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Thailand and e-cigs — 5 Comments

  1. Some years ago a Thai friend of mine joked that one of the reasons why Thailand had never been invaded by anyone else was because as soon as an invading army pitched up the Thais greeted them with a big smile and an invitation to come in for a huge party. Which they did – and then left, happy but tired (as one is after a really good party) no longer interested in invading. How could they then suddenly want to invade a country where all their new friends lived? And that was the reputation of Thailand across the globe, hence its popularity during the 1990’s as a destination for students taking a Gap Year to “go travelling.” Its laid-back, anything-goes attitude was legendary. No longer, it seems, from what you say, Nisa. Naturally, starting with a “clamp down” on tobacco (always the first step, it seems for those who dislike excessive enjoyment!), then, from the looks of it, moving on to alcohol and, no doubt – although you may correct me here – also on the well-known “other” substances previously (I’m told – I’ve never been) relatively openly sold and used in Thailand and, of course, the equally well-known “service” industry. Has this new-found Puritan streak in the Thais’ attitude been reflected in reduced tourism figures, by any chance. It’d be interesting to know.

    Love the photos! And, yes, your ex-PM is a stunning looking lass!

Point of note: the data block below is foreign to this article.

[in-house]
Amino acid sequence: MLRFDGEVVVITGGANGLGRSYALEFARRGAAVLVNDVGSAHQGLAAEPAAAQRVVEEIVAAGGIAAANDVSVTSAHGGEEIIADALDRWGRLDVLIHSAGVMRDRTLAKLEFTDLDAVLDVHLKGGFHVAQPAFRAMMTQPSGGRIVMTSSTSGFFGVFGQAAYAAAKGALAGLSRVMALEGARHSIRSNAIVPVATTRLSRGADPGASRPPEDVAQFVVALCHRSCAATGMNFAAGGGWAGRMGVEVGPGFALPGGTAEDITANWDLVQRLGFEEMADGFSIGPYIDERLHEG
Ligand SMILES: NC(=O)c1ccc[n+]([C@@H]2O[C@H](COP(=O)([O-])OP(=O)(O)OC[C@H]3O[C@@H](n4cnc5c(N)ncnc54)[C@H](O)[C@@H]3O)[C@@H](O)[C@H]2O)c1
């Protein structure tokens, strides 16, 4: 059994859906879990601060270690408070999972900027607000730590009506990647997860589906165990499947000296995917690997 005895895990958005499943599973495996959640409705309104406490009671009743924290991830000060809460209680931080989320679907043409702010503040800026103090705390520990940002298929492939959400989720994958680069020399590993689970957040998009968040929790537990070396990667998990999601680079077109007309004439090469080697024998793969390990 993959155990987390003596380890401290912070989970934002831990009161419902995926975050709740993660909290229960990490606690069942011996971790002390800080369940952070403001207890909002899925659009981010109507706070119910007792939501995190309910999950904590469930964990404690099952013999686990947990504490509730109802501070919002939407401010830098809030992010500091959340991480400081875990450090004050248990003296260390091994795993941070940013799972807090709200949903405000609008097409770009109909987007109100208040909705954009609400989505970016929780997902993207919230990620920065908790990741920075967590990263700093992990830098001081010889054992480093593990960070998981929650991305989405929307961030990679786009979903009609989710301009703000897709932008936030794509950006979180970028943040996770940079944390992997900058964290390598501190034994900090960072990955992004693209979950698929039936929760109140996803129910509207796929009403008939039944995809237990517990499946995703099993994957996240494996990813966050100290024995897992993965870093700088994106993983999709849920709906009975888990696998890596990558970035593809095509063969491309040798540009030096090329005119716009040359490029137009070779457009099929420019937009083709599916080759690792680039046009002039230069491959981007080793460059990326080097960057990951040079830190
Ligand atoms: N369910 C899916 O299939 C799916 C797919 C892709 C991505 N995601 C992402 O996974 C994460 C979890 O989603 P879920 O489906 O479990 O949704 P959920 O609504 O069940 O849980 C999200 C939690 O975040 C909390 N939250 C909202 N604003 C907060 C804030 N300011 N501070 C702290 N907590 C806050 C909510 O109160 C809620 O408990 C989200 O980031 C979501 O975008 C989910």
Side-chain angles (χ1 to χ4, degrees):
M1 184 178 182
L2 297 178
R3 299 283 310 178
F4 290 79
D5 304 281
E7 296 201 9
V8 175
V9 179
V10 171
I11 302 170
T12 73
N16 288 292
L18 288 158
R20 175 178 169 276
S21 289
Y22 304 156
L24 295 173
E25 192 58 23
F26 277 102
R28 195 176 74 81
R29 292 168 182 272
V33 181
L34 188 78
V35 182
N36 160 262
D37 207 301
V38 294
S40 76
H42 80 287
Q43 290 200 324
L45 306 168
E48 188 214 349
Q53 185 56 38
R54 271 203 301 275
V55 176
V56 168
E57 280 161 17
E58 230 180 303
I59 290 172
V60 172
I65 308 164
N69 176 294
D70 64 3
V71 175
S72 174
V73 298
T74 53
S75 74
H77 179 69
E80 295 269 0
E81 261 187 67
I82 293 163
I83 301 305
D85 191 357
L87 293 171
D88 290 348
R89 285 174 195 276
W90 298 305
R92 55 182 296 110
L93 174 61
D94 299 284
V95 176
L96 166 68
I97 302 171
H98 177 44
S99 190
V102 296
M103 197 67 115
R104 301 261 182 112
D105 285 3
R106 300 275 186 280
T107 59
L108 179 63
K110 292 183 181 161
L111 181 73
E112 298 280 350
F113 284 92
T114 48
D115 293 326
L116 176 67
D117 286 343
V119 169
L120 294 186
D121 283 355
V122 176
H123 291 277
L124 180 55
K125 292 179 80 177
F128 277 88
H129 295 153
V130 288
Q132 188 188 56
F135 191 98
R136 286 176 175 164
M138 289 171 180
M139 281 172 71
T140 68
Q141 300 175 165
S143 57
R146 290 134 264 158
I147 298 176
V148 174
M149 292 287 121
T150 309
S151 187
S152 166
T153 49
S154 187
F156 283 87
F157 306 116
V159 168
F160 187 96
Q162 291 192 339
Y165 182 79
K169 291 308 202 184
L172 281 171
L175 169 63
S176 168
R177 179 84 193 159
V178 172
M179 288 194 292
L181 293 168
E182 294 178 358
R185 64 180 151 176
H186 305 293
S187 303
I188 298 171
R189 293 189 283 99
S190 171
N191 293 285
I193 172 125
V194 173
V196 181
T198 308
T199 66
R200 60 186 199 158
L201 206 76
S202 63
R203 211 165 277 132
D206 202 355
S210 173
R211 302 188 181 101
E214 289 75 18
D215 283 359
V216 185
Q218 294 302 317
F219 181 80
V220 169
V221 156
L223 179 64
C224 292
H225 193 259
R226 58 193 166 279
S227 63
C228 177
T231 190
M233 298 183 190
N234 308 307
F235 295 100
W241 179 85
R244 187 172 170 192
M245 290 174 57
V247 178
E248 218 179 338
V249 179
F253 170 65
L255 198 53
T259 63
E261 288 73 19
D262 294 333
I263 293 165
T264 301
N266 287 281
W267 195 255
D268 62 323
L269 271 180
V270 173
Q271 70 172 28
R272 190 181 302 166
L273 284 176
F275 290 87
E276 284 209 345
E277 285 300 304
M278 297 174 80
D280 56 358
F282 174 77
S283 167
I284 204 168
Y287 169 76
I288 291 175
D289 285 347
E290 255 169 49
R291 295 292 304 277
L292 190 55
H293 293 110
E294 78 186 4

• You’re right about the ‘other’ substances, Jax. The first time I was in Thailand was in 1971, and I spent a couple of months there. It was before tourism took off, and foreigners were a rarity outside Bangkok and the cities which were host to the USAF bases (the Vietnam war saw a few places in Thailand become home to the American military). As I travelled around, I was welcomed warmly wherever I went, and more often than not I was invited to share a ‘bong’, a bamboo water pipe used for smoking the local weed, which was some of the best in the world. It was everywhere, and smoked fairly openly, even though it was technically illegal. I think it was pressure from the Americans that caused a tightening up of the law, and the Thai authorities started cracking down heavily on grass. This of course led inexorably and inevitably to the situation which pertains today, where the kids are getting high on ‘YaaBaa’ (literally translates as ‘crazy drug’), more commonly known as methamphetamine, which is cheaper and easier to produce than grass, and being less bulky, much easier to conceal and transport. It is also much, much more dangerous than grass (which to my mind isn’t dangerous at all), and induces psychoses in long term users, very often culminating in murder and mayhem. Such is the wisdom of the ‘drugs war’.